Non-contact Boxing Training and Traditional Therapeutic Exercise for Persons With Parkinson's Disease
|Parkinson's Disease||Behavioral: Traditional Therapeutic Exercise Behavioral: Non-Contact Boxing Training||Phase 1 Phase 2|
|Study Design:||Allocation: Randomized
Intervention Model: Parallel Assignment
Masking: Single Blind (Outcomes Assessor)
Primary Purpose: Treatment
|Official Title:||Comparison of Non-contact Boxing Training and Traditional Therapeutic Exercise on Functional Outcomes in Persons With Parkinson's Disease|
- Mobility: Measured with the Timed Up and Go Test; Four-Square Step Test; Six-Minute Walk Test; Berg Balance Scale; Functional Reach Test [ Time Frame: Each outcome measures is assessed at pre-test (immediately before intervention), post-test (immediately after the 12 week intervention). ]
- Participation: measured with the Activities Specific Balance Confidence Scale and the Parkinson's disease Quality of Life Scale [ Time Frame: Each outcome measures is assessed at pre-test (immediately before intervention), post-test (immediately after the 12 week intervention). ]
|Study Start Date:||September 2009|
|Study Completion Date:||March 2011|
|Primary Completion Date:||December 2010 (Final data collection date for primary outcome measure)|
|Active Comparator: Therapeutic Exercise||
Behavioral: Traditional Therapeutic Exercise
The therapeutic exercise program will consist of warm-up and stretching, seated and standing range of motion activities, endurance and resistance training, balance training and a cool down. Training will take place for 36 sessions, three times/week for 60-90 minutes per session.
|Active Comparator: Non-Contact Boxing Training||
Behavioral: Non-Contact Boxing Training
Non-contact boxing training will consist of warm-up and stretching, non-contact boxing training (including punching a focus mitt, speed and heavy punching bags), endurance training activities, strength and resistance training, and a cool down. Training will take place for 36 sessions, three times/week for 60-90 minutes per session.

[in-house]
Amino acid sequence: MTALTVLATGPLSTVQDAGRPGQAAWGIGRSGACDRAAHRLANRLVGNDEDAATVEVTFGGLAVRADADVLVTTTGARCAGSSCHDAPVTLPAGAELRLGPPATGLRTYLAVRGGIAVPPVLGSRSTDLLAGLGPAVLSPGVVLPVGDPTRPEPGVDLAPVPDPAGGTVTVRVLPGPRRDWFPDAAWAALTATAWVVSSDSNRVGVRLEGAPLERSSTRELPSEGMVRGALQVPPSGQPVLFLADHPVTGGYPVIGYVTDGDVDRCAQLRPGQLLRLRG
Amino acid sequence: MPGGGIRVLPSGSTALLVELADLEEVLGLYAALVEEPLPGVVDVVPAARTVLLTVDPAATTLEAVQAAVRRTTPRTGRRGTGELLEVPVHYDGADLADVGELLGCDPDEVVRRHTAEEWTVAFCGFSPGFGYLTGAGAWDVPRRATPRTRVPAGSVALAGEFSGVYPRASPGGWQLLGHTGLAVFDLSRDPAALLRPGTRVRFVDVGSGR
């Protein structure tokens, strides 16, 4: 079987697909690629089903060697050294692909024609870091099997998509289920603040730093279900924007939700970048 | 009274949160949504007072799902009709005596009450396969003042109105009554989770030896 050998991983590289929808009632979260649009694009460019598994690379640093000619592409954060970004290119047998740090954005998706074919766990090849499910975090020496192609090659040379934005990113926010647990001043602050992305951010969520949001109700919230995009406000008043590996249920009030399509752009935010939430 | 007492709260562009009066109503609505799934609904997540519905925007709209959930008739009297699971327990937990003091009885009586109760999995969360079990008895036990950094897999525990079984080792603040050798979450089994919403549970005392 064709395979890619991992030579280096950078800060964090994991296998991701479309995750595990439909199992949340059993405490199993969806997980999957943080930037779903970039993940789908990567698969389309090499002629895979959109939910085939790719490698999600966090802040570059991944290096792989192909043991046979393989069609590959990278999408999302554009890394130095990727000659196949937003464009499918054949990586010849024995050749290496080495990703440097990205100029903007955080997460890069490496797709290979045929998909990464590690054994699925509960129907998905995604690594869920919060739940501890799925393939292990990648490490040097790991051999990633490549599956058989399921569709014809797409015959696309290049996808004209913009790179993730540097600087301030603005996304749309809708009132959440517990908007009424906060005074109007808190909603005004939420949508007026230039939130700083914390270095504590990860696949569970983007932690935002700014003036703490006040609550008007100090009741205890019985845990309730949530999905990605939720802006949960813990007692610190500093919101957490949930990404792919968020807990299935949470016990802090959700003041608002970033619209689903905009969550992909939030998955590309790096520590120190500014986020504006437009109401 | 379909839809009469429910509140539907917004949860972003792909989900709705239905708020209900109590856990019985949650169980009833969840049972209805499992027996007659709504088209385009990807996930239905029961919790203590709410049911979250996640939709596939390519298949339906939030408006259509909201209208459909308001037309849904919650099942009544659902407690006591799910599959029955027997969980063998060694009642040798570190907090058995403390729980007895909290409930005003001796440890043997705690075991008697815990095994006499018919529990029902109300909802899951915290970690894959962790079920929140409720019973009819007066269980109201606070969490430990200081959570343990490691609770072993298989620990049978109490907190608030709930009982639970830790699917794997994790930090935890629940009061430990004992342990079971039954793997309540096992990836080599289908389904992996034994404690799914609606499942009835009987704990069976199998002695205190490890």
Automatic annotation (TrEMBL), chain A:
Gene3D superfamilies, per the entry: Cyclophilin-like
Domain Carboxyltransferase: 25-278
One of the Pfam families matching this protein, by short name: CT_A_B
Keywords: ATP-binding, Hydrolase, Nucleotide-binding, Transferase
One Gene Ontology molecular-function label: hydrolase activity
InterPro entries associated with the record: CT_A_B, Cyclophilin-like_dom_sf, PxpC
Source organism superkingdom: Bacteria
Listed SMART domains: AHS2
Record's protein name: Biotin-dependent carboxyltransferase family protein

Physical therapists commonly treat patients with Parkinson's disease. Typical clinical interventions used by physical therapists including strengthening, stretching and aerobic training have been shown to improve function and quality of life of persons with Parkinson's disease. Alternative exercise interventions that incorporate non-traditional concepts, such as tango dance, tai chi and taiji have also been found to lead to improvements in function in persons with Parkinson's disease. It is important that comparisons between different types of exercise programs for persons with Parkinson's disease be explored in order to determine effective options for care.
Here in Indianapolis, Indiana, individuals with Parkinson's disease have a unique opportunity for alternative exercise with the recent development of the popular non-contact boxing training program offered by the Rock Steady Boxing Foundation. Therefore, the purpose of this study is to compare the effects of the non-traditional boxing training program to a traditional therapeutic exercise program on activity and participation outcomes in persons with Parkinson's disease.
Thirty participants with Parkinson's disease will be recruited from Central Indiana. All potential participants will be screened to determine eligibility for the study. Participants who are eligible and give consent will be randomly assigned to participate in either the non-contact boxing training or the traditional therapeutic exercise program for 36 sessions lasting over 12 weeks with 60-90 minutes of exercise each session. Participants will be measured immediately before (pre-test) and after (post-test) the intervention period.
Please refer to this study by its ClinicalTrials.gov identifier: NCT01014663
|United States, Indiana|
|University of Indianapolis, Krannert School of Physical Therapy|
|Indianapolis, Indiana, United States, 46227|
|Principal Investigator:||Stephanie A Combs, PT, PhD, NCS||University of Indianapolis|
|Principal Investigator:||Dyer M Diehl, PT, PhD||University of Indianapolis|
|Principal Investigator:||William H Staples, PT, DPT, GCS||University of Indianapolis|